The field of football computer games is a hugely competitive sector, with games like the Football Manager franchise attracting fanatical support.
There have been numerous games throughout the history of the genre which have fallen by the wayside: Sierra's Ultimate Soccer Manager, Elite's Complete Onside Soccer and... Ally McCoist's Director of Football.
Released in 2001, the game allows you to manage some of the less glamorous sides of the game, including the expansion of your stadium, negotiating contracts and finding sponsorship. If you ever wanted to be part of the decision making process on the number of car parking spaces by your stadium, you genuinely can in this simulation.
However, given the current state of Rangers, McCoist may regret his name appearing on a game which appears to offer the opportunity for wannabe Directors of Football to avoid paying tax. At the end of each in-game season your club is presented with a tax bill, but you can decide to risk further repurcussions by only paying a fraction of the money owed.
The screen reads: "You can reduce the amount of tax by 50 percent, at the risk of being caught and facing a large fine. Do you wish to adopt this tax evasion?"
Obviously the real McCoist would have had nothing to do with such gameplay options and has condemned the non-payment of taxes under Craig Whyte, which led to the club going into administration. Even then it appears the makers of the game were poking fun at the precarious state of football finances.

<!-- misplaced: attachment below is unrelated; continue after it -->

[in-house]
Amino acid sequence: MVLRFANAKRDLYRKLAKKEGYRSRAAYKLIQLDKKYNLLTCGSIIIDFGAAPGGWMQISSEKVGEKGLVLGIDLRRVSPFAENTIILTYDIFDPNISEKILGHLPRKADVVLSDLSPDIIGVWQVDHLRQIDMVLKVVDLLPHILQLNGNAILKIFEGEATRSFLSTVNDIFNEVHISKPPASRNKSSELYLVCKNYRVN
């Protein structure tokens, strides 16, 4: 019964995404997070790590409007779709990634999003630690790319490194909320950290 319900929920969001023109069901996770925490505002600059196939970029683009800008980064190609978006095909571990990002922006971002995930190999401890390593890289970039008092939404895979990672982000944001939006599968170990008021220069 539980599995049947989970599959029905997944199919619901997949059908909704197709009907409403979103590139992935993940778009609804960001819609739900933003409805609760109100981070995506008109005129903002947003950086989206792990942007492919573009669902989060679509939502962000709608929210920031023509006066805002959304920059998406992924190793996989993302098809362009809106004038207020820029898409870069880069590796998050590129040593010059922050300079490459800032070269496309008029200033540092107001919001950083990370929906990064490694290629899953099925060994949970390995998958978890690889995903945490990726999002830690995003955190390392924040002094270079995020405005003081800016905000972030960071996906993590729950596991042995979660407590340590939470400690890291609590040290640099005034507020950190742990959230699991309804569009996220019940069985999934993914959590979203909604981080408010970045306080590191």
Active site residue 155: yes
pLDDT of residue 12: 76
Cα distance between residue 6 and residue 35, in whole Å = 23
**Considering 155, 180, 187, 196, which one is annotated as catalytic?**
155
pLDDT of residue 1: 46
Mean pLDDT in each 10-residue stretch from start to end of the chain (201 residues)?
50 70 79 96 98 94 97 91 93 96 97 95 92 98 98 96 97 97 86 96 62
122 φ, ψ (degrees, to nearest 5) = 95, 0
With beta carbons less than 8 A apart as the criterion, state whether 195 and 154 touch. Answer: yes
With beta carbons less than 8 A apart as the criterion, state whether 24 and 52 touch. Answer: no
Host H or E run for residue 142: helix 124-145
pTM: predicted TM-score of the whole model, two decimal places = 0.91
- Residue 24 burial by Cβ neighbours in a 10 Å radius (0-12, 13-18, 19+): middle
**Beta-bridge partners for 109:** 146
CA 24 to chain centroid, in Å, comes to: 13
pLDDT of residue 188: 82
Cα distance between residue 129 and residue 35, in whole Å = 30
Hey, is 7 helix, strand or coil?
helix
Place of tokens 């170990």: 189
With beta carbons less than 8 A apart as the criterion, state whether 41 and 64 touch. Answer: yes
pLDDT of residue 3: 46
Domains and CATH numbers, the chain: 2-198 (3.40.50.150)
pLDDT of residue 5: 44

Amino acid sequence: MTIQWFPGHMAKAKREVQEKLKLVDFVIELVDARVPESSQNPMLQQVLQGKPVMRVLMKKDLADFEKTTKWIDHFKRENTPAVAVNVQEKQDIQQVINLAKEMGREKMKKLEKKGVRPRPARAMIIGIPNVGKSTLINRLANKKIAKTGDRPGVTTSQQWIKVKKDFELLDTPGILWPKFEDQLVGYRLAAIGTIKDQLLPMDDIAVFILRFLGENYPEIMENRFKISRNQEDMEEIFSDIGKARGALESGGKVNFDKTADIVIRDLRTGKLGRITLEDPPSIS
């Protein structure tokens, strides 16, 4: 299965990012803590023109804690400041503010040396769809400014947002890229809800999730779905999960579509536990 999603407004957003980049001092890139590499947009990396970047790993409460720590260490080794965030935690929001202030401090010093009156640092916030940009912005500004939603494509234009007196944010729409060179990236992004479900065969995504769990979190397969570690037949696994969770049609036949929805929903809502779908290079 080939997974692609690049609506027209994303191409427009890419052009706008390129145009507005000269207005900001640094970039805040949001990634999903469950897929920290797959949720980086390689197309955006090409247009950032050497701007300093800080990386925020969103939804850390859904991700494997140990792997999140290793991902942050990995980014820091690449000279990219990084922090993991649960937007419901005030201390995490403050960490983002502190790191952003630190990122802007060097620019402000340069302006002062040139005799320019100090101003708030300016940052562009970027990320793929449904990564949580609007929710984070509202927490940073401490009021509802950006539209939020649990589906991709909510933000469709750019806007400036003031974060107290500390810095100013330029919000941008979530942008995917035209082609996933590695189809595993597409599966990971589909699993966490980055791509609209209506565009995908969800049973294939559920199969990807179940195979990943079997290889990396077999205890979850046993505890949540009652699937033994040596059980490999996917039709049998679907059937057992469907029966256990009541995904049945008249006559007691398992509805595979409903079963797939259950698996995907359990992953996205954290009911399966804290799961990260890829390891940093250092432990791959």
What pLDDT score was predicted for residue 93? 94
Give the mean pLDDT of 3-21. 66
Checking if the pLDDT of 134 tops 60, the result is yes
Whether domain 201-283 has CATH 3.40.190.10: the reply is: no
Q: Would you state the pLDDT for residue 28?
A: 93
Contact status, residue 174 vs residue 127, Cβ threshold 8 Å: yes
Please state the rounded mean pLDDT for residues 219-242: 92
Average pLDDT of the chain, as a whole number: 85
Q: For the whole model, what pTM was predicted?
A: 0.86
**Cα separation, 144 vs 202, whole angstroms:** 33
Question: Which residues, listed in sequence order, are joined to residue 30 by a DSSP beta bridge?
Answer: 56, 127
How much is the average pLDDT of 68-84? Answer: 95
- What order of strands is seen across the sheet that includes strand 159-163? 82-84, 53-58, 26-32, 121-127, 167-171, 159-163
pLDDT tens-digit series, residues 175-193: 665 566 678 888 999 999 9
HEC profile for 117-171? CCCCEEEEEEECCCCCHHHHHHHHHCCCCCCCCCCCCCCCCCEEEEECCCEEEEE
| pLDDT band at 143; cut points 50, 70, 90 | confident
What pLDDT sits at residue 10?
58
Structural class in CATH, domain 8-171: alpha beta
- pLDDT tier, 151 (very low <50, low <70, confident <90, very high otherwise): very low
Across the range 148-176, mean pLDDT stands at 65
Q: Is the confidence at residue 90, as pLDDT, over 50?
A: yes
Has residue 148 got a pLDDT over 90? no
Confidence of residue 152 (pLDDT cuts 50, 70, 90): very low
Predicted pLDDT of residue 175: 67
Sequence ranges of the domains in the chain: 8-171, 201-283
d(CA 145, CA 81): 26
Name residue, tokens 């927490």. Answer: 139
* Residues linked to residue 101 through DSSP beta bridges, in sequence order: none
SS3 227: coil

There are several satisfying features that could well be brought into modern management simulations. The option to build an airport by your stadium, choose how to renovate your training ground, whisk your players off to assorted different recuperation facilities or even book them time on the psychiatrists' coach are nice features.
You can also generate large sums of money for your team by playing the stock market, investing in fictional companies based in London, New York and Tokyo or in the fates of other football clubs.
The football side of the game is unlikely to offer much that the modern fan can't find elsewhere. The transfer system is managed via auctions and it is very easy to pick up star players from around the world even when you are a relatively lowly club.
Interference with team tactics is an option if you wish your DoF role to be more hands on, but if you do your job then your manager has an easy job to put together a winning team.
There may be time yet for it to become a cult concern amongst gaming hipsters and collectors. It is currently available from Amazon for £1.97. It also begs the question, which other characters from Scottish Football deserve their own football game?